Door drop volumes


Two thirds of the way through the year, seems a reasonable time to review 2022 door drop volumes and general usage.

We all entered the year surrounded by uncertainty over the continuing effects of Covid and the ramifications for businesses across the land and whilst Covid is sadly still an issue, the cost of living has replaced it as the main talking point for many people.

Covid undoubtedly had an effect on many door drop users in the last year, but in both a positive and negative way. Many companies struggled, others flourished.

The media continually present a picture of general doom and gloom and I’m sure for many, many people there are real genuine concerns about the next year or so.

But having spent some time out in central London and Liverpool recently, there is also evidence of life pretty much as usual, so when predicting what the Autumn may bring, door drop volumes are difficult to gauge.

So is there an opportunity for companies to use door drop creatively to drive traffic in store and/or online; certainly!

Domino’s recently announced a fall in profits, but their reaction is to increase marketing spend in the Autumn. As one of the UK’s largest door drop users historically, they are laying down a marker to tackle the challenges they face, with door drop a key part of their solution.

I see no reason for many other advertisers, whether current or potential new users, not to look at door drop spend in the Autumn and am encouraged by two well-known names recently approaching us for initial discussions about the medium as new users.

So, just what does the market look like currently?

The DMA’s annual volume report for 2021 showed a household receipt average of 2.4, although our own monitor just tipped 4 items a week. Our monitor has year on year shown a greater volume than DMA reports and we believe that is primarily the effect of local business which is incredibly difficult for the DMA to measure.

So, after pretty much 8 months of the year, we currently stand at 3.6 items per week, just a small decline from last year.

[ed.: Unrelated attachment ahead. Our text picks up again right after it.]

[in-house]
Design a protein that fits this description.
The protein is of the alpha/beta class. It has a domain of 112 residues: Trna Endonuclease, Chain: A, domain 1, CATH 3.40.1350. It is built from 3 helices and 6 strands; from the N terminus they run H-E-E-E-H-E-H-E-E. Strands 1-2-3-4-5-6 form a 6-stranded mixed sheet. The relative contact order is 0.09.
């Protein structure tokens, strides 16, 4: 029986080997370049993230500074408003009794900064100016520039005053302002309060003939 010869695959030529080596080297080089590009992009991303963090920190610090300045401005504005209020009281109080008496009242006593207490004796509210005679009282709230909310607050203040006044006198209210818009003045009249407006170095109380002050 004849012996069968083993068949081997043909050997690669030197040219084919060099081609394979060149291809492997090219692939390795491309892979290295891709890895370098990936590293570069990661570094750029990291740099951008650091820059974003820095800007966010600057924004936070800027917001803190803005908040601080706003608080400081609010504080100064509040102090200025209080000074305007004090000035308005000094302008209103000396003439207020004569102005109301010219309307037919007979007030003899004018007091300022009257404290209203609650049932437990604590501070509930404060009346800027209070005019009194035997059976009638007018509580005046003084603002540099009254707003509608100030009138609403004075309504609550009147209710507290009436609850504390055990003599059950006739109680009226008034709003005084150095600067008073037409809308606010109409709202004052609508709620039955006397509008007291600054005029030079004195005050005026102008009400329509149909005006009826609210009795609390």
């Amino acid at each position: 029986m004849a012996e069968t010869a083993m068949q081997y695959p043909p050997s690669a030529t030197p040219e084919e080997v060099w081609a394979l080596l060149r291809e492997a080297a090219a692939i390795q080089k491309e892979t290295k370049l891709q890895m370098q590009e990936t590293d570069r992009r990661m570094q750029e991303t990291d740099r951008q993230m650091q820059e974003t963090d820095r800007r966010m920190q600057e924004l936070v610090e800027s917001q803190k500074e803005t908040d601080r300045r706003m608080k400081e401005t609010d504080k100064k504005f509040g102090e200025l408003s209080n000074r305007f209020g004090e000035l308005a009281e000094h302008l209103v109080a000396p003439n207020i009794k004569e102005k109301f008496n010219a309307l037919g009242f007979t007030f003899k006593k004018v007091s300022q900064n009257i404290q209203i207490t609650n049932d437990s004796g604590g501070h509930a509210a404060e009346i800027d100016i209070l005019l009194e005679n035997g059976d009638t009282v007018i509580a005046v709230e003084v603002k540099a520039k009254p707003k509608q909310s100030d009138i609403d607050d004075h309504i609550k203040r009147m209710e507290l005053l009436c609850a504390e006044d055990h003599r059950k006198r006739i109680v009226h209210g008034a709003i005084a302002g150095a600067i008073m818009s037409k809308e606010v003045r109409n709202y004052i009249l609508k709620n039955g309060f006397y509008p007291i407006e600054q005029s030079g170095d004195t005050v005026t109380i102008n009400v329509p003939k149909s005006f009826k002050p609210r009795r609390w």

Local door drop companies (including businesses who complete their own door drops) account for 77% of that volume, with Royal Mail Door to Door the remaining 23%.

Retail is the largest business sector with 32% of all items and is the largest contributor to the local business volumes and the second largest for Royal Mail.

Direct response items are Royal Mail Door to Door’s biggest business category, whilst being almost non-existent with local companies, for whom predictably local businesses are their second biggest user.

I’m genuinely surprised not to have received any charity door drops through Royal Mail, at a time when our own charity clients have been active in line with previous years. Its acknowledged that charities are having a tough time generally, but nevertheless, this was a surprise.

Charity clothes bags through local companies are another large part of their business, with the balance of items being public sector, political and one fmcg item.

So at this stage of year, our records are very similar to last year, but a challenging Autumn may be ahead of all of us.

However, JICMAIL continues to demonstrate the power and potency of the door drop medium, whether as a standalone medium or part of integrated activity.

As a company we also continue to flourish through existing and new business opportunities.

So why not think about door drops as part of your week to week marketing strategy? If you are also currently thinking about World Cup promotions or Christmas/New Year spend, it’s never too early start the planning process and bear in mind if you plan to use Royal Mail door to door, so may your competitors and would you want to lose your door drop areas to them?

Feel free to get in touch via the contact page on our website, call 01992 637333 and speak to Neal or Chris, or email

We will only be too happy to help.

Graham Dodd, CEO